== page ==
Norwin faces yet another school budget deficit
Norwin school officials find themselves in familiar territory as they work on a preliminary budget for next school year: possibly raise property taxes again or slash costs, in part by offering teachers incentives to retire.
Norwin faces a projected $2.36 million deficit for the 2018-19 school year — mainly from a $3 million increase in expected expenses, said Ryan Kirsch, Norwin's director of business affairs.
District costs next year are estimated at $71.7 million, with revenues projected to be about $69.3 million — an amount already padded by $100,000 from a reserve fund.
Kirsch's budget projection presumes no real estate tax hike and no staff retirements or resignations. At least two teachers will retire and one will resign at the end of the school year, he said in a recent budget overview before the school board.
If the district increased property taxes by 2.4 mills, the maximum permitted by the state, it would raise about $960,000.
In the last three years, Norwin has raised taxes to the state-allowed maximum, Kirsch said.
The district has raised property taxes each year since 2013-14. Real estate tax rates in North Huntingdon, Irwin and North Irwin increased from 69.1 mills to 77.6 mills over that time.
Robert Perkins, school board president, said there is time to make necessary adjustments before a budget must be approved by June 30.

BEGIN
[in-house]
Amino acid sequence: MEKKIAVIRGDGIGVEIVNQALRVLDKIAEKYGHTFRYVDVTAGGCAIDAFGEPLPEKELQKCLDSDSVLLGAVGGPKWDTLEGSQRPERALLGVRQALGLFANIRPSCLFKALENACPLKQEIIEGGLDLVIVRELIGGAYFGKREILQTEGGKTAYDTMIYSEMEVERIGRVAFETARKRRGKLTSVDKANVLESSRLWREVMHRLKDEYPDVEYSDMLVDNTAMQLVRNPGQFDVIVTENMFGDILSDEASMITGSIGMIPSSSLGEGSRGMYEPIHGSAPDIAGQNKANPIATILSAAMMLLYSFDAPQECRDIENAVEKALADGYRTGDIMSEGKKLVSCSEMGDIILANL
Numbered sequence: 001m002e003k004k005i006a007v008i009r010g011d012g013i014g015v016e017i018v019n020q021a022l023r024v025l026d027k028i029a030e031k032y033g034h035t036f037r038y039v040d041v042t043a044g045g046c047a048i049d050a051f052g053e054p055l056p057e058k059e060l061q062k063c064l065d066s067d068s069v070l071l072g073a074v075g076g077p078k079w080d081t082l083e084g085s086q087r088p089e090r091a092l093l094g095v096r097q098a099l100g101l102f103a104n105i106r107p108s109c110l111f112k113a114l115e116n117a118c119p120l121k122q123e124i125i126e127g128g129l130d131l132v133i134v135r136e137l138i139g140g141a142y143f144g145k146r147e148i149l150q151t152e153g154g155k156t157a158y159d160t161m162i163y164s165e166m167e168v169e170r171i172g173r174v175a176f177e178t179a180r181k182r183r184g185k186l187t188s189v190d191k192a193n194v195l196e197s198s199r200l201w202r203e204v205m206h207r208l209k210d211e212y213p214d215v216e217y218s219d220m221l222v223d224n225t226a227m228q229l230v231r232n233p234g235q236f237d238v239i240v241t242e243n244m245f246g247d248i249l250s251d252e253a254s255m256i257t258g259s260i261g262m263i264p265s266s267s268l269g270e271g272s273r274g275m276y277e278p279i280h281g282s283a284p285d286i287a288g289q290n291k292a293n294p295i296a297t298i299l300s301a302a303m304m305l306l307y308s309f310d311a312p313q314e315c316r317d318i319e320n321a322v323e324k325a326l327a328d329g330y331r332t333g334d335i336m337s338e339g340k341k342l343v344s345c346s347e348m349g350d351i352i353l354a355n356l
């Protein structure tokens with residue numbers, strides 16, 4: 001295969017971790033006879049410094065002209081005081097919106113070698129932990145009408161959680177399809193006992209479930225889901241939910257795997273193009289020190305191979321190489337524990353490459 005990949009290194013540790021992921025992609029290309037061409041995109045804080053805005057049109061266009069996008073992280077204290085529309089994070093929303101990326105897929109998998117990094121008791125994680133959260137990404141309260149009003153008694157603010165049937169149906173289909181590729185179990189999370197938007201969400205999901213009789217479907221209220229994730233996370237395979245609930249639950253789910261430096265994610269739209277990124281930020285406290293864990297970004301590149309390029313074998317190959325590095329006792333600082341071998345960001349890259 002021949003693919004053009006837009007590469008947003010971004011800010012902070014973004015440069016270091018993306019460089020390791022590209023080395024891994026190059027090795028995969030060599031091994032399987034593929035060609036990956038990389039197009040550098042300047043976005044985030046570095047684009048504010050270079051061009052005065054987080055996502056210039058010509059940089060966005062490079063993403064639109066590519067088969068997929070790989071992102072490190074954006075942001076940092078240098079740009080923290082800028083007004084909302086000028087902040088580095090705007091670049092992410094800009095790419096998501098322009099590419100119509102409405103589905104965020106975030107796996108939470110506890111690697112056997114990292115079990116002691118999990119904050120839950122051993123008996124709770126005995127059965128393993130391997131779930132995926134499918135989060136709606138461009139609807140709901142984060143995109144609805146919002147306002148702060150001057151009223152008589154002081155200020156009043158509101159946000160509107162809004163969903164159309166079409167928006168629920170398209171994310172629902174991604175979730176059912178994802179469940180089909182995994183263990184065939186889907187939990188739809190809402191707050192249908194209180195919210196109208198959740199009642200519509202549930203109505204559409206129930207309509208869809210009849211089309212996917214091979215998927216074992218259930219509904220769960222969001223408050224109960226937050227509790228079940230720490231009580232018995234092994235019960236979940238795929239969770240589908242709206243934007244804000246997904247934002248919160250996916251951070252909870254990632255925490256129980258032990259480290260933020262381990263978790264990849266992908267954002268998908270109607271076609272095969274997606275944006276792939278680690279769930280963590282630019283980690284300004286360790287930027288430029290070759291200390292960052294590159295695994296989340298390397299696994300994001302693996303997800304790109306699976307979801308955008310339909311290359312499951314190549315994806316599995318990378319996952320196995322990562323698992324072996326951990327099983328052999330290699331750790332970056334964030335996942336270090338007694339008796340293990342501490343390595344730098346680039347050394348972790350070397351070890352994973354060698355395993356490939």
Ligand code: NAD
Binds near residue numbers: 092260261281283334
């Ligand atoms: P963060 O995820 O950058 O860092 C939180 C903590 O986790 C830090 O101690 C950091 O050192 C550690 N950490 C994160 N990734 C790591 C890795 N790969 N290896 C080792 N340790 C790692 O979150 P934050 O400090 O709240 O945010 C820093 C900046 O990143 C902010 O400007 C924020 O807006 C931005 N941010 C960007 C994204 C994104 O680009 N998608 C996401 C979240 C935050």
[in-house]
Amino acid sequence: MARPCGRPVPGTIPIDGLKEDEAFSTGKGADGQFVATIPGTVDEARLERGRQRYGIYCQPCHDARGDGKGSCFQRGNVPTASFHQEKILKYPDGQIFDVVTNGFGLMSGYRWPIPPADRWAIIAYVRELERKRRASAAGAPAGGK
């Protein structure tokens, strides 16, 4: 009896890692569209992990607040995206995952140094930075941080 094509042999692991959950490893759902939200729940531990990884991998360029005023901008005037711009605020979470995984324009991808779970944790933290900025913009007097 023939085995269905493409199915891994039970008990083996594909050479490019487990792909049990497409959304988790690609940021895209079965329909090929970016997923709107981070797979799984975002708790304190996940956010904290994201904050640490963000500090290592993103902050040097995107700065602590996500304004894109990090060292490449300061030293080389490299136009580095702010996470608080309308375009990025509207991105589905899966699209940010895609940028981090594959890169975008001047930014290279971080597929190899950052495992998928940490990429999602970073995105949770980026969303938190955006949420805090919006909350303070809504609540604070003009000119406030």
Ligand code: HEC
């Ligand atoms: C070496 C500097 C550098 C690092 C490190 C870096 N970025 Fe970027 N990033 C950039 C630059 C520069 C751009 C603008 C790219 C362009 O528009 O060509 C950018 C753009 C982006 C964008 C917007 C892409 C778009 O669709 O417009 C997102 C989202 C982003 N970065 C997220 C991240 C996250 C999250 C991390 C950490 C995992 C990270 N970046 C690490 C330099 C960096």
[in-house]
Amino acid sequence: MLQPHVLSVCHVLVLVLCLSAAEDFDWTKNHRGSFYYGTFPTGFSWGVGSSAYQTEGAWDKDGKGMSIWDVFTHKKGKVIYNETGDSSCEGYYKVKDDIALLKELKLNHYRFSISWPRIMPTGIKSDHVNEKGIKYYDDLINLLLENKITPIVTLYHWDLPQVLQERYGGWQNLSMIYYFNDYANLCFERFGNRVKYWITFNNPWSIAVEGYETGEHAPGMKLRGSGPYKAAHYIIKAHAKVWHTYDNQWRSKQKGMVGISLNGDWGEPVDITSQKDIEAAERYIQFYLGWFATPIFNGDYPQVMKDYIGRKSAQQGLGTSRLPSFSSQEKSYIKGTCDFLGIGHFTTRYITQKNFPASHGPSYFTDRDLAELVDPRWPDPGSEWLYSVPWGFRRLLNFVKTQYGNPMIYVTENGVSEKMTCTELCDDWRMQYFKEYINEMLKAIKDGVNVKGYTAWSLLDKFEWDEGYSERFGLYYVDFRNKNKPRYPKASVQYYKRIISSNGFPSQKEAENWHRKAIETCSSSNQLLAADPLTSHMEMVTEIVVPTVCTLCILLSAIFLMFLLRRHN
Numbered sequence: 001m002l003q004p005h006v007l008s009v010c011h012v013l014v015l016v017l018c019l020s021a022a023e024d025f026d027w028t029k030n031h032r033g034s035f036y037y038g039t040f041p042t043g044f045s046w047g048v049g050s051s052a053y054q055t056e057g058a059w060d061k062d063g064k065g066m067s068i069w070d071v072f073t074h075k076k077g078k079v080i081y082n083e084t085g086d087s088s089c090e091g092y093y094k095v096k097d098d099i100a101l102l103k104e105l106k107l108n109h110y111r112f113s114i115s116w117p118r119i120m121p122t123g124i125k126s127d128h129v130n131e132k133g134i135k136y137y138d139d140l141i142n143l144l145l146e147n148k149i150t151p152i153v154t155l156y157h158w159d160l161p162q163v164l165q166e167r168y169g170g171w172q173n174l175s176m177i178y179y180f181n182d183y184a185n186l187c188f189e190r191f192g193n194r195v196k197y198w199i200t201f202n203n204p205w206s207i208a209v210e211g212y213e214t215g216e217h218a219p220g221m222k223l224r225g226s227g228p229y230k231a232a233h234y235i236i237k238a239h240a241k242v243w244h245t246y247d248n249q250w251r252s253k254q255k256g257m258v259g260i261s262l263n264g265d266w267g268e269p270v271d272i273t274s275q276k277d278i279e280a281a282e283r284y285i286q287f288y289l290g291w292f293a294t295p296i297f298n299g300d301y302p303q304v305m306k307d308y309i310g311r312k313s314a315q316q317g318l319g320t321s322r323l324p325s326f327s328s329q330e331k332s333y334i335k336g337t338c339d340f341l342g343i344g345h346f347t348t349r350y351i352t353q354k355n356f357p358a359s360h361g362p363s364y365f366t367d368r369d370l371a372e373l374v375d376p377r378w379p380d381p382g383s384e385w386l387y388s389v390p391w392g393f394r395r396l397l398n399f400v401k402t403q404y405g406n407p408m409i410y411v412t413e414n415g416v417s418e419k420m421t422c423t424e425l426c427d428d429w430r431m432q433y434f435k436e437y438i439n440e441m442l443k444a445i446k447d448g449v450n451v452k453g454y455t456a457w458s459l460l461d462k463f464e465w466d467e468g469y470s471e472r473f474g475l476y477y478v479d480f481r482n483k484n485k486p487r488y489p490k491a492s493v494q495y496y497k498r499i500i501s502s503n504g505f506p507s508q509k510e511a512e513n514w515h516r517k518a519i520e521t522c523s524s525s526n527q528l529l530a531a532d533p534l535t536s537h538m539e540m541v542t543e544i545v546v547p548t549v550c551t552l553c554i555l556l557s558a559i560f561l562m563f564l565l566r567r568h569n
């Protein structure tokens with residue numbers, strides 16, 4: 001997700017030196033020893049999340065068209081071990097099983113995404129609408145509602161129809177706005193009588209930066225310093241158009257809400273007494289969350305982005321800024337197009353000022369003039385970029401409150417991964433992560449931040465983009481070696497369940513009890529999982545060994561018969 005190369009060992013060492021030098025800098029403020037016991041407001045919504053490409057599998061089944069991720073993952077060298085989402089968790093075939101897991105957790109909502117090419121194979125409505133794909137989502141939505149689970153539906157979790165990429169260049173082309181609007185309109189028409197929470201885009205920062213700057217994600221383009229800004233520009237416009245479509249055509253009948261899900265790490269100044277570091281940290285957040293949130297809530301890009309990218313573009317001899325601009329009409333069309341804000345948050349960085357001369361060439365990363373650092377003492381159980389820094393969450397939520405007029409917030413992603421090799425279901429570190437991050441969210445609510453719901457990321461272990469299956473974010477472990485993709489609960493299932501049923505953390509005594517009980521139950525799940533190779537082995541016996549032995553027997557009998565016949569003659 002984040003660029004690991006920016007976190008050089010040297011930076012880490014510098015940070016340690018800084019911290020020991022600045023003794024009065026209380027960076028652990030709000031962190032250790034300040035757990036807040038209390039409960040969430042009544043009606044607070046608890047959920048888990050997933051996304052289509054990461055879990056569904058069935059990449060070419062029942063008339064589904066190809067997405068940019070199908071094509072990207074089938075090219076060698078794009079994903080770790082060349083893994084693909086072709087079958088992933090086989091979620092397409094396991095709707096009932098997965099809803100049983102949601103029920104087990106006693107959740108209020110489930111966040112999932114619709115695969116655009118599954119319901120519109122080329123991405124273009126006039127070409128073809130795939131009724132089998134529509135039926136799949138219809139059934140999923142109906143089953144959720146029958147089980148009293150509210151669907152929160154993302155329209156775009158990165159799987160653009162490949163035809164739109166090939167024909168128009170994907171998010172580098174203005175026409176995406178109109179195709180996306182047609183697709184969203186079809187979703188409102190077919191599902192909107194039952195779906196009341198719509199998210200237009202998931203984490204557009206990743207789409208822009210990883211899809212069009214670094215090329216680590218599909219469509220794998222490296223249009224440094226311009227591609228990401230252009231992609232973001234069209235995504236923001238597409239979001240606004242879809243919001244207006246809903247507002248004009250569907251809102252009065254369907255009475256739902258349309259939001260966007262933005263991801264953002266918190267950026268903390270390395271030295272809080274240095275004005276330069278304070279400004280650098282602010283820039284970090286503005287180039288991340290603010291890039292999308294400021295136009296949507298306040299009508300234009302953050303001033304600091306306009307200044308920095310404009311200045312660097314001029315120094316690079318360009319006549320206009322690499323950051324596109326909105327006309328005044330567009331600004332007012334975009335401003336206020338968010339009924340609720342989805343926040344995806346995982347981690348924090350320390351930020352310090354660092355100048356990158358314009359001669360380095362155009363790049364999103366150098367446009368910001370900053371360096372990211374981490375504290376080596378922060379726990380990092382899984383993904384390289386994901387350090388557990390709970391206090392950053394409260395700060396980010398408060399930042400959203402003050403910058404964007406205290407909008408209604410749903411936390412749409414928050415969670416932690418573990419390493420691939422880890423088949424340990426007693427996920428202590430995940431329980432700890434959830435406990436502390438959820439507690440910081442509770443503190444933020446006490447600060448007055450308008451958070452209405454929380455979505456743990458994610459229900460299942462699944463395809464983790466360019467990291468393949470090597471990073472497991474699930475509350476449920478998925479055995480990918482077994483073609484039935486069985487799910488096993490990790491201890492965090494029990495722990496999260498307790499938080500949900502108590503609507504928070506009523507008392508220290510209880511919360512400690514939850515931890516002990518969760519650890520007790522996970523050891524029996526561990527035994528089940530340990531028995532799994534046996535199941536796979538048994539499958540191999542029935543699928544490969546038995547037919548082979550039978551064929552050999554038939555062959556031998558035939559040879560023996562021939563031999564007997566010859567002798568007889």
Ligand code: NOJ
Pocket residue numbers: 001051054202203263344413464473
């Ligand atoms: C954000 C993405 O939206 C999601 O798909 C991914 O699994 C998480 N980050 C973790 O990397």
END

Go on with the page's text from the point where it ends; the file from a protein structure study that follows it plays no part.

State subsidies for basic and special education are less than adequate to meet operating costs, the district said.
The administration and board faced a $3.3 million deficit last year when preparing the 2017-18 budget. The current $68.6 million budget was balanced by raising taxes by 2.4 mills, a $52 increase in taxes for a property at the median assessed value of $21,630.
Kirsch said about $53 million, or three-quarters, of district expenditures are locked in to salaries and benefits. Salaries account for 46 percent of that total.
To reduce staffing, the school board approved offering early-retirement incentives for teachers. District officials want another six teachers to join the two already planning to retire.
Details of the incentives must be worked out with the Norwin Education Association, the union that represents teachers, Perkins said.
Central office administrators also will be eligible for a retirement incentive on a case-by-case basis. The board plans to review how many of the 16 long-term substitutes will become full-time.
Joe Napsha is a Tribune-Review staff writer. Reach him at 724-836-5252 or email@example.com.